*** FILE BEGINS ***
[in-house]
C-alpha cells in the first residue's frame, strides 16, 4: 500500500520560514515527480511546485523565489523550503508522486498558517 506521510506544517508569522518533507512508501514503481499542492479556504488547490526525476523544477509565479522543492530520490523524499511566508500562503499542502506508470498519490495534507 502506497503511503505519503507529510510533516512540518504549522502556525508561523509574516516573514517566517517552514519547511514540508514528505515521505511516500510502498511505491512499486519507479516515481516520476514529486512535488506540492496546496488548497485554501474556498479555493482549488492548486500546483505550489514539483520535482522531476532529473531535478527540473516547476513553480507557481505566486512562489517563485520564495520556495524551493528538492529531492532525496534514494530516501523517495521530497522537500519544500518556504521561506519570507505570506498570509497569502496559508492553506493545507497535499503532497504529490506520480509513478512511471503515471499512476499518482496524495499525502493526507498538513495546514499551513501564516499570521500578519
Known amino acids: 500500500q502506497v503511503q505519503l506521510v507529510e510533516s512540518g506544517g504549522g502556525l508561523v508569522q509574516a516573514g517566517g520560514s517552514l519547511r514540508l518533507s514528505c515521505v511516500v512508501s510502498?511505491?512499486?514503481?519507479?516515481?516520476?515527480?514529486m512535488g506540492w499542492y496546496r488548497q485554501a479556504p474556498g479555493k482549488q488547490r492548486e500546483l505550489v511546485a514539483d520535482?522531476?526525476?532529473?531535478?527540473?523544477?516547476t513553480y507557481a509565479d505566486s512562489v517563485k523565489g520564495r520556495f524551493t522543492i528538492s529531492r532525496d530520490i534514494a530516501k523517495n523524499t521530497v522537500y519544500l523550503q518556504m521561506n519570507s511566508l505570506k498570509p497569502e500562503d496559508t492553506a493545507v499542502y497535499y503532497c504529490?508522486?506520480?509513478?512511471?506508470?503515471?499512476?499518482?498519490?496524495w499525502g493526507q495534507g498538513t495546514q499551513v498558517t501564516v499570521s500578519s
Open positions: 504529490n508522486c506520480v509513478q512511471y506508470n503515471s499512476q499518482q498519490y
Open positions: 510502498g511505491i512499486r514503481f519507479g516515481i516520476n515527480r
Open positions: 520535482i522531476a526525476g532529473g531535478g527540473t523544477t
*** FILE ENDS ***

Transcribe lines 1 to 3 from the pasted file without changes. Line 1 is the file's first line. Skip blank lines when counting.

[in-house]
C-alpha cells in the first residue's frame, strides 16, 4: 500500500520560514515527480511546485523565489523550503508522486498558517 506521510506544517508569522518533507512508501514503481499542492479556504488547490526525476523544477509565479522543492530520490523524499511566508500562503499542502506508470498519490495534507 502506497503511503505519503507529510510533516512540518504549522502556525508561523509574516516573514517566517517552514519547511514540508514528505515521505511516500510502498511505491512499486519507479516515481516520476514529486512535488506540492496546496488548497485554501474556498479555493482549488492548486500546483505550489514539483520535482522531476532529473531535478527540473516547476513553480507557481505566486512562489517563485520564495520556495524551493528538492529531492532525496534514494530516501523517495521530497522537500519544500518556504521561506519570507505570506498570509497569502496559508492553506493545507497535499503532497504529490506520480509513478512511471503515471499512476499518482496524495499525502493526507498538513495546514499551513501564516499570521500578519
Known amino acids: 500500500q502506497v503511503q505519503l506521510v507529510e510533516s512540518g506544517g504549522g502556525l508561523v508569522q509574516a516573514g517566517g520560514s517552514l519547511r514540508l518533507s514528505c515521505v511516500v512508501s510502498?511505491?512499486?514503481?519507479?516515481?516520476?515527480?514529486m512535488g506540492w499542492y496546496r488548497q485554501a479556504p474556498g479555493k482549488q488547490r492548486e500546483l505550489v511546485a514539483d520535482?522531476?526525476?532529473?531535478?527540473?523544477?516547476t513553480y507557481a509565479d505566486s512562489v517563485k523565489g520564495r520556495f524551493t522543492i528538492s529531492r532525496d530520490i534514494a530516501k523517495n523524499t521530497v522537500y519544500l523550503q518556504m521561506n519570507s511566508l505570506k498570509p497569502e500562503d496559508t492553506a493545507v499542502y497535499y503532497c504529490?508522486?506520480?509513478?512511471?506508470?503515471?499512476?499518482?498519490?496524495w499525502g493526507q495534507g498538513t495546514q499551513v498558517t501564516v499570521s500578519s